Thousands of people took to the rooftops in the Pakistani city of Lahore on Saturday night for the traditional kite flying festival.
The kite-flying can get very competitive during Basant
More than one million people were expected to attend the Basant festival, which marks the start of spring, including local and Indian celebrities.
Rooftops are in high demand - rentals for the night have been reported at upwards of $4,500.
The festivities were continuing through until late Sunday night.
Organisers worked all week to light up an estimated 12,000 rooftops.
Residents said revellers had crowded into public parks, shopping centres and hotels and on to the rooftops of all big buildings, the AFP news agency reported.
The festival draws people from as far away as the US and Australia.
Basant was brought forward by a fortnight this year due to the onset of Moharram, a month of mourning for Shia Muslims.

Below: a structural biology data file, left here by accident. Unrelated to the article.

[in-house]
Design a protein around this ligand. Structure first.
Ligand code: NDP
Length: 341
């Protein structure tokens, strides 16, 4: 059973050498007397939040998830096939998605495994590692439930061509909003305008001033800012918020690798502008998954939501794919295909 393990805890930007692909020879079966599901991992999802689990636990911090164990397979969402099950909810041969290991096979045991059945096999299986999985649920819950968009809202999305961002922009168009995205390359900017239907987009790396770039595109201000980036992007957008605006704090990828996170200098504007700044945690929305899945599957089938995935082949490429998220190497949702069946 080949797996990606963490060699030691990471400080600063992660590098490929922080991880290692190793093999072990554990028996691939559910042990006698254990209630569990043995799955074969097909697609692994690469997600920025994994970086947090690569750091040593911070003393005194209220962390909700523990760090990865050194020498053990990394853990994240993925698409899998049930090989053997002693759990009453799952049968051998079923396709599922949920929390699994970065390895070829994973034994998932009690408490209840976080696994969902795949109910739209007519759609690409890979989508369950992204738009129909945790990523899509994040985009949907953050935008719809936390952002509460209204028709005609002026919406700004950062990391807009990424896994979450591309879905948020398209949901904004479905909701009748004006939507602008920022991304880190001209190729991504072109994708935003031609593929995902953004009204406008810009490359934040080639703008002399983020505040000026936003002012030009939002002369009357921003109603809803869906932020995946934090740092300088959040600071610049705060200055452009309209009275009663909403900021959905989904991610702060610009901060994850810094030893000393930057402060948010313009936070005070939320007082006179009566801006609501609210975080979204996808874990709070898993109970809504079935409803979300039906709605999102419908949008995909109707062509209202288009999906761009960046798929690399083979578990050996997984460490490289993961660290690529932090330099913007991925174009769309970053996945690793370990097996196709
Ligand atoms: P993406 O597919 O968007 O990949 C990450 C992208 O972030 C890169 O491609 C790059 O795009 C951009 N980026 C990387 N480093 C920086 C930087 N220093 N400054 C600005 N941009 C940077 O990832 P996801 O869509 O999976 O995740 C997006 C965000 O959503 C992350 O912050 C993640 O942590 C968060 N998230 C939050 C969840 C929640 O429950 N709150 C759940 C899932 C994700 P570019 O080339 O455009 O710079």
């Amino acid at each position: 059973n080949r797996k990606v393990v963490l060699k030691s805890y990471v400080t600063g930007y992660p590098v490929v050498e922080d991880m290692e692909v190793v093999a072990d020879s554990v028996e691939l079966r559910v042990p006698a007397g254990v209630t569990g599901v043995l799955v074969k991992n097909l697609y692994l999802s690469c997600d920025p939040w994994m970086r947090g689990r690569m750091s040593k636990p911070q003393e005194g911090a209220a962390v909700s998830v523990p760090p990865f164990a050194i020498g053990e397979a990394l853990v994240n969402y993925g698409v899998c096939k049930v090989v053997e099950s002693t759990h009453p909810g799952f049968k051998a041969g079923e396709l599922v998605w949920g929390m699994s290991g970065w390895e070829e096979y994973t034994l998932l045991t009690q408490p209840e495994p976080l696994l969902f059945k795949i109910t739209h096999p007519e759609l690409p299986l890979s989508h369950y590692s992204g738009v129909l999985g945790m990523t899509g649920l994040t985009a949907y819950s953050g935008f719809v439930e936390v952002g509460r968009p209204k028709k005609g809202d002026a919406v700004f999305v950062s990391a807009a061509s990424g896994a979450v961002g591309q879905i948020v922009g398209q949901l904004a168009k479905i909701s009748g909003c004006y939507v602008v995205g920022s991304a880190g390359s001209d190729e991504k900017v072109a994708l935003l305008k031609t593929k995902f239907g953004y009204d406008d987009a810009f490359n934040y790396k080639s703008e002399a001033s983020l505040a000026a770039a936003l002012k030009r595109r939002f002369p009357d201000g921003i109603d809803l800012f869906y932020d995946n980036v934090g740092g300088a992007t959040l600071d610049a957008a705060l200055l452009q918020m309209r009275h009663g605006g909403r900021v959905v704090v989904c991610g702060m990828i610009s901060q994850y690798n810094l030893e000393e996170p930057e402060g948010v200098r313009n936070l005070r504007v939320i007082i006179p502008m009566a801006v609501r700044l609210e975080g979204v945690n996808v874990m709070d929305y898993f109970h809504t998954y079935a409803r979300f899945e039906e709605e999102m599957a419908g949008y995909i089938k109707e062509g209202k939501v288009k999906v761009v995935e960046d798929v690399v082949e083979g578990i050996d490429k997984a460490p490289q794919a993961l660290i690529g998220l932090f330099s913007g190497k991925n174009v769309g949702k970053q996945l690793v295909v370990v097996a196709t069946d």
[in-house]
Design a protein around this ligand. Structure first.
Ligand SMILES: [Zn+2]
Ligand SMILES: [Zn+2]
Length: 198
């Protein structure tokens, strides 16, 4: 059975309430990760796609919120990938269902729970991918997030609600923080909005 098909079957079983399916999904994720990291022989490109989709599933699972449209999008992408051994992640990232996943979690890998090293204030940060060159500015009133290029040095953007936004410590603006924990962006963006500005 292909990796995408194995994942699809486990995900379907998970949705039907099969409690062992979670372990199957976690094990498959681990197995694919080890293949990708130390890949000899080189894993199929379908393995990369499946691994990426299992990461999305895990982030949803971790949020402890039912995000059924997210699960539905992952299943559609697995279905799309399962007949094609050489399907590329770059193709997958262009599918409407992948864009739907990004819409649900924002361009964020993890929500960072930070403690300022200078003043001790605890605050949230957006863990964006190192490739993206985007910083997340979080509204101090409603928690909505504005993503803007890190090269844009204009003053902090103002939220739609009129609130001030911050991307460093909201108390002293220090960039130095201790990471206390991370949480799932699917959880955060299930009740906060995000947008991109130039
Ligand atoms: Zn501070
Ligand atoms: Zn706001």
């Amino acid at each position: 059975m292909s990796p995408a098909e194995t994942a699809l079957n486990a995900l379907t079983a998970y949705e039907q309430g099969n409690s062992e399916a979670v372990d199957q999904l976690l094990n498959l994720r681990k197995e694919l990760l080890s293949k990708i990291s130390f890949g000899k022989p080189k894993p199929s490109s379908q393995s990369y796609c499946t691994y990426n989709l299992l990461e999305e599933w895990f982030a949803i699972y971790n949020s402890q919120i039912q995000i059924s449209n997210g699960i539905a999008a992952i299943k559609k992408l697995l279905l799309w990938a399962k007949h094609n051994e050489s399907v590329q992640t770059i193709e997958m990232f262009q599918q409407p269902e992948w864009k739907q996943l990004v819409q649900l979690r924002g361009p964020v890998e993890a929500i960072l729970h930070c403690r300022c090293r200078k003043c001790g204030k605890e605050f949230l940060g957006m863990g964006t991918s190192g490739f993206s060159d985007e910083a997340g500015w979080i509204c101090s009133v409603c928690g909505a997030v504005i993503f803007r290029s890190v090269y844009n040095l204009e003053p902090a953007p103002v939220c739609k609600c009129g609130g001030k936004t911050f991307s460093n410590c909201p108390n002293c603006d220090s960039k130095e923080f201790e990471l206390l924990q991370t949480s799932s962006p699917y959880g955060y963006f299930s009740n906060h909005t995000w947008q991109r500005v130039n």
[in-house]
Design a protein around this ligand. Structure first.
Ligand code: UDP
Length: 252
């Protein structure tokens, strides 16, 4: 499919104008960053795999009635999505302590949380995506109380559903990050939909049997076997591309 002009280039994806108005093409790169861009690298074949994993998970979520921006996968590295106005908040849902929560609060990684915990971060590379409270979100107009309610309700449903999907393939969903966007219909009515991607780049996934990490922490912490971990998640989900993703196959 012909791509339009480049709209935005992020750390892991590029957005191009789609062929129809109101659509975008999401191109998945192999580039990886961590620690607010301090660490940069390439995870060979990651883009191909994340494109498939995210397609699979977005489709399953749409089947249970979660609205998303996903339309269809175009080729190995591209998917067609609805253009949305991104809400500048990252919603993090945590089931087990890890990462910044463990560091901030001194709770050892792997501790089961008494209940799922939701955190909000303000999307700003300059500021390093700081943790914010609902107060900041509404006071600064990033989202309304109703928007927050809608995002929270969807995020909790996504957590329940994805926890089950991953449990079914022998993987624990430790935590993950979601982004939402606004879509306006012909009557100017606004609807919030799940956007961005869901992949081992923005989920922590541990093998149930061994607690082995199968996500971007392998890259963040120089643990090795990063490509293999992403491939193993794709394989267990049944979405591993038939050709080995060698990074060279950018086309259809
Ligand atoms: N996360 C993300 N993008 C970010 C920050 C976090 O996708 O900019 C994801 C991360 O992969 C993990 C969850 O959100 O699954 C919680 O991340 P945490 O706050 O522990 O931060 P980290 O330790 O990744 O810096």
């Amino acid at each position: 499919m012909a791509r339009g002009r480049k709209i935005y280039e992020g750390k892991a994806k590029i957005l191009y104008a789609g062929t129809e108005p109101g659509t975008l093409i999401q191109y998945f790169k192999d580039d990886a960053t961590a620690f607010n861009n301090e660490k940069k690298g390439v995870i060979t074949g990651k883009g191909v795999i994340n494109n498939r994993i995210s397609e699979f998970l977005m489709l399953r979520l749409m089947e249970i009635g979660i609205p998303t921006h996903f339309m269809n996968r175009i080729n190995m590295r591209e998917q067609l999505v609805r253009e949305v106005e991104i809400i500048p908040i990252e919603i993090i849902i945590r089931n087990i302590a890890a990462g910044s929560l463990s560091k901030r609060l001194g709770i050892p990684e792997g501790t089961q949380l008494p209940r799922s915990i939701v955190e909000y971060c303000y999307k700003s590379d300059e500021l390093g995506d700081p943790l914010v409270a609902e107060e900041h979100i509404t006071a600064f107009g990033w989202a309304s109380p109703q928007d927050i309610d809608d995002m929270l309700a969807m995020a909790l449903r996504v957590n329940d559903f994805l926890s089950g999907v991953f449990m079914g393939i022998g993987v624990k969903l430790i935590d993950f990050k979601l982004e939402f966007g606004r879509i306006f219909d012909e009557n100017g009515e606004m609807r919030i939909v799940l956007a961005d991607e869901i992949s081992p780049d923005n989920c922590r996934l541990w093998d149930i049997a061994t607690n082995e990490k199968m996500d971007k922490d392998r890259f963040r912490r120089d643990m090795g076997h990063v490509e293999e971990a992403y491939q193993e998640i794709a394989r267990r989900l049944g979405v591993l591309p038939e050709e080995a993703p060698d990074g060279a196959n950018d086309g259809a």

It meant the festival went ahead under overcast skies and in chilly winds.
There had been fears the festivities would be marred by violence since 5 February is officially observed in Pakistan as a day of solidarity with those fighting Indian rule in Jammu and Kashmir.
But that did not stop hundreds of Indians from reaching Lahore, including some of their top film stars.
The festival is also marked with concerts and parties
"We love our guests and Lahore is a very safe city," the city's mayor, Mian Amer Mahmood told the BBC News website.
Lahoris, say local journalists, are more worried at the celebratory gunshots that continue through the night as rivals down each other's kites. The other major danger comes from the razor-sharp string used to fly the kites with.
The string is known to have injured, even killed, motorcyclists unlucky enough to catch it across their throats. Last year, nine people died and dozens were injured either by the strings or by stray bullets.
Kite-flying remained banned through much of the period following Basant last year.